Embarking on a critical analysis of Mahatma Gandhi (1869-1948) is a bold adventure. Gandhi was the most revered politician/saint of the 20th century and any author who dares question him risks his own reputation in the modern intellectual world. Yet in this provocative text, retired U.S. Army Col. G. B. Singh and Dr. Tim Watson set out to investigate the origins of the Mahatma by rigorously cross-examining him on the witness stand.
In 1893, Gandhi reportedly suffered a series of racial humiliations during his famous train journey from Durban to Pretoria in colonial South Africa. These humiliations galvanized him to fight against the burgeoning apartheid system and later to oppose British colonialism. Such far-reaching consequences have been attributed to what transpired at the Pietermaritzburg train station where Gandhi was forcibly evicted from a first class train compartment.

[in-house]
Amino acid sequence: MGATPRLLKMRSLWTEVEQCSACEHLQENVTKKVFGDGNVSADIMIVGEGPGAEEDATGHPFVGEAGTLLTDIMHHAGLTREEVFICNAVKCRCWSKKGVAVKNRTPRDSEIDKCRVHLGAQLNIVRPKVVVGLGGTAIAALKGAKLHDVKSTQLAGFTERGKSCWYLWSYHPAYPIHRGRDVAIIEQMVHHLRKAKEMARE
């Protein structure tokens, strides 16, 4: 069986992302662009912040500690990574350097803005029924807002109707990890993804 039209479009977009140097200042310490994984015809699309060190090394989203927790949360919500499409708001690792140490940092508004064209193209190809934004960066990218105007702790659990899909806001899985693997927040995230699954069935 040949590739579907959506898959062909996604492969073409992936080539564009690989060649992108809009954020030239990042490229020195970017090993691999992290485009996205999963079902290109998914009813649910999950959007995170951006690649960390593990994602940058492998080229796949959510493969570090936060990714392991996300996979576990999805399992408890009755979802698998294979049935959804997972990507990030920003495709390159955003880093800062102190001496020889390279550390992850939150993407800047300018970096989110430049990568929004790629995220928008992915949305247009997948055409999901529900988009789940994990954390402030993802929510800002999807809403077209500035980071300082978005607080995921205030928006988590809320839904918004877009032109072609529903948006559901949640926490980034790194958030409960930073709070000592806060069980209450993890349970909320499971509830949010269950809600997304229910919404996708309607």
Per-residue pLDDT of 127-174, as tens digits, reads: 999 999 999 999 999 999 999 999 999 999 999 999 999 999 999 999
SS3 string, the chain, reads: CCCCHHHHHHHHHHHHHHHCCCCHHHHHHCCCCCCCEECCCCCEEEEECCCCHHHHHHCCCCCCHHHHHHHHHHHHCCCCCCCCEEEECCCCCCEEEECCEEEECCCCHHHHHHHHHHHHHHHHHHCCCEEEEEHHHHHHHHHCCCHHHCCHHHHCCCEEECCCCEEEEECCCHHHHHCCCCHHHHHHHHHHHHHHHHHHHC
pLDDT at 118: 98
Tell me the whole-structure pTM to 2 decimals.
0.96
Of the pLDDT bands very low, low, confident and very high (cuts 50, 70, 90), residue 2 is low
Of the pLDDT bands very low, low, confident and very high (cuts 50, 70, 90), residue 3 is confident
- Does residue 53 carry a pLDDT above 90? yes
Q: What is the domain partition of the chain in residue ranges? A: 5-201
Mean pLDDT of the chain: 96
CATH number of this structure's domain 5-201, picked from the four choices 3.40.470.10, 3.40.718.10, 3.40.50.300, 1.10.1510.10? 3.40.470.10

The authors scrutinize the evidence for this incident, cross-examining Gandhi himself in their pursuit of historical truth. In the process of cutting past Gandhi's self-described "experiments with the truth," the authors delve into Gandhi's relationship with the blacks of South Africa and his service as a Sergeant Major in the British Army. In the words of Prof. Lewis Baldwin, this books offers "a challenge that no human being should ignore in this age of cynicism, violence, and terror."